For each of these therapies, we conducted a literature search using MEDLINE. We limited our search to English-language articles published from January 1, 1980, to May 1, 2002, reporting studies of adults (>19 years of age) in randomized clinical trials. To identify only studies in COPD, we used the following terms: obstructive or chronic obstructive or bronchitis or pulmonary emphysema or airway obstruction or emphysema or mediastinal emphysema or subcutaneous emphysema or COPD or lung diseases, obstructive* or pulmonary diseases, obstructive. Detailed search terms for each of the therapies and search results are available on the author's Web site (Table 1e at http://www.mrl.ubc.ca/sin). To supplement this search, we examined the Cochrane Database of Systematic Reviews of Effectiveness as well as bibliographies of published articles and contacted experts in the field. Although we wanted to include only those studies with follow-up times of at least 6 months, we found insufficient numbers of such studies for most of the interventions, so a follow-up time of 3 months was used as the threshold for inclusion (with the exception of pulmonary rehabilitation programs, for which 6 weeks was used as the threshold). Given the controversy over the value of scoring systems for the quality of randomized controlled trials,17 we did not use a scoring system to adjudicate the quality of the trials included in this review, but we did restrict our analysis to trials that were randomized, placebo-controlled, had blinded ascertainment of end points, had complete or near complete follow-up data, and had baseline characteristics that were well balanced between treatment and control groups. Quiz Ref IDWe discarded studies reporting only physiological variables, such as changes in FEV1, because the correlation between spirometric changes and long-term clinical outcomes in COPD has been shown to be weak.15 Crossover trials were included in this review. We restricted analysis of health-related quality of life to 2 well-standardized and validated instruments in COPD: St George's Respiratory Questionnaire (SGRQ)18 and Chronic Respiratory Questionnaire (CRQ).19 These instruments quantify the extent of physical and psychological impairments related to COPD and allow investigators to determine the (beneficial) effects of specific interventions on the functional status of patients with COPD.18
Where possible, for each end point we combined the results from individual studies to produce summary effect estimates (risk ratios). Heterogeneity of results across individual studies was checked using the Cochran Q test. If significant heterogeneity was observed (P<.05), we used the Dersimonian and Laird random-effects model to combine the results; otherwise, a fixed-effects model was used. As part of a sensitivity analysis for the latter situation, we used a random-effects model to determine the robustness of the data. In all cases, the results obtained from the random-effects model and fixed-effects model were similar. Continuous variables were merged using weighted mean difference technique. The use of the standardized mean difference technique produced similar results. All analyses were conducted using Review Manager version 4.1 (Revman; The Cochrane Collaboration, Oxford, England). For completeness, we also present a general overview of other anti-COPD therapies, such as smoking cessation, oral theophyllines, surgical procedures, and vaccine therapies.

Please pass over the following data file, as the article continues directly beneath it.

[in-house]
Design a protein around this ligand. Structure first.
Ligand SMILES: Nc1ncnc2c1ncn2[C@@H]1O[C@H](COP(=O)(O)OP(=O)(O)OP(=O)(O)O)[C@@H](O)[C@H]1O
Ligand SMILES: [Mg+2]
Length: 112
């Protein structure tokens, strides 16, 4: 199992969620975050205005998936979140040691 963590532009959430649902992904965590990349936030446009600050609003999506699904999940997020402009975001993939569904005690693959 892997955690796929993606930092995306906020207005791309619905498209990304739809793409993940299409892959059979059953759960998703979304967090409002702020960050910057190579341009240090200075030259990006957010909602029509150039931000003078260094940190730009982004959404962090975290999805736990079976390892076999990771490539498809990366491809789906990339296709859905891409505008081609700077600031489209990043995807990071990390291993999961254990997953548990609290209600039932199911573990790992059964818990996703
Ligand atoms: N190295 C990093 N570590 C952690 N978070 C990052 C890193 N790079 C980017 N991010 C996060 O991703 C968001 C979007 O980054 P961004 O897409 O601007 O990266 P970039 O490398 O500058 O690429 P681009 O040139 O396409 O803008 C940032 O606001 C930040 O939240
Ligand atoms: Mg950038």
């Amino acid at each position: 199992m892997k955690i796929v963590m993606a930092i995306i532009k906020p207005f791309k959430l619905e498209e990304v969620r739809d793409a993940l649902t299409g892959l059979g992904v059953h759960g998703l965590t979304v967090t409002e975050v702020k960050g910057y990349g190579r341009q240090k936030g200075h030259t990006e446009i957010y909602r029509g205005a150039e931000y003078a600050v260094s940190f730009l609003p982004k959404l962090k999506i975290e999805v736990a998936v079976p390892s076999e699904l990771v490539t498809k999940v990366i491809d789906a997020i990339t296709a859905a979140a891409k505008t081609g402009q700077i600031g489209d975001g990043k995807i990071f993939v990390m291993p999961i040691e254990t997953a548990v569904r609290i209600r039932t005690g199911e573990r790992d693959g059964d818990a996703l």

Smoking cessation is the only therapy proven to slow the accelerated decline in lung function related to COPD.14 While the rate of FEV1 decline is approximately 60 mL per year in smokers, it is only approximately 30 mL per year among ex-smokers.14 Moreover, smoking cessation reduces all-cause mortality rates by approximately 27% (95% confidence interval [CI], 1%-47%), driven largely by very significant reductions in cardiovascular mortality (relative risk [RR] compared with continued smokers, 0.54; 95% CI, 0.32-0.92).20 However, smoking cessation is difficult to achieve and even more difficult to sustain over the long term.21 A single physician recommendation for smoking abstinence is associated with an approximate 5% long-term abstinence rate.22 If abstinence is followed by cessation counseling, education, and nicotine replacement therapy (or treatment with antidepressants such as bupropion and nortriptyline), the long-term abstinence rates can be as high as 25% in patients with early COPD.23,24 Thus, physicians should make every attempt to convince their patients to stop smoking. A detailed evaluation of various smoking cessation methods and programs is beyond the scope of this article, but they are available elsewhere.25-28 Although smoking cessation improves the natural history of COPD, once COPD becomes clinically apparent many sustained quitters remain symptomatic and their airways are persistently inflamed.29 Thus, in symptomatic patients with COPD, additional therapies are indicated.9